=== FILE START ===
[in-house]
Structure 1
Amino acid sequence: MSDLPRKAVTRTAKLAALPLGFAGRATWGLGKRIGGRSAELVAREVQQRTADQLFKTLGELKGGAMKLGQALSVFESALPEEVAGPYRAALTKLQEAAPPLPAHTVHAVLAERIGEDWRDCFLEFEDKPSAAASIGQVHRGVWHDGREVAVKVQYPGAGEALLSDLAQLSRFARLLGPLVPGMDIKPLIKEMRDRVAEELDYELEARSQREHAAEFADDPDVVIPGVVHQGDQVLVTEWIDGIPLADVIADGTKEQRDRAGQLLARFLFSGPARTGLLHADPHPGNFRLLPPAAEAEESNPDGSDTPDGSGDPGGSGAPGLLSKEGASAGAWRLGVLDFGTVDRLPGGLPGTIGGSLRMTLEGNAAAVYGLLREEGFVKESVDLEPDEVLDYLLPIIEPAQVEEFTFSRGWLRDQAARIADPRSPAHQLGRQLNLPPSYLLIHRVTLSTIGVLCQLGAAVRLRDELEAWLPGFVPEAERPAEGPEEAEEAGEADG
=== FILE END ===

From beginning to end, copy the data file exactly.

[in-house]
Structure 1
Amino acid sequence: MSDLPRKAVTRTAKLAALPLGFAGRATWGLGKRIGGRSAELVAREVQQRTADQLFKTLGELKGGAMKLGQALSVFESALPEEVAGPYRAALTKLQEAAPPLPAHTVHAVLAERIGEDWRDCFLEFEDKPSAAASIGQVHRGVWHDGREVAVKVQYPGAGEALLSDLAQLSRFARLLGPLVPGMDIKPLIKEMRDRVAEELDYELEARSQREHAAEFADDPDVVIPGVVHQGDQVLVTEWIDGIPLADVIADGTKEQRDRAGQLLARFLFSGPARTGLLHADPHPGNFRLLPPAAEAEESNPDGSDTPDGSGDPGGSGAPGLLSKEGASAGAWRLGVLDFGTVDRLPGGLPGTIGGSLRMTLEGNAAAVYGLLREEGFVKESVDLEPDEVLDYLLPIIEPAQVEEFTFSRGWLRDQAARIADPRSPAHQLGRQLNLPPSYLLIHRVTLSTIGVLCQLGAAVRLRDELEAWLPGFVPEAERPAEGPEEAEEAGEADG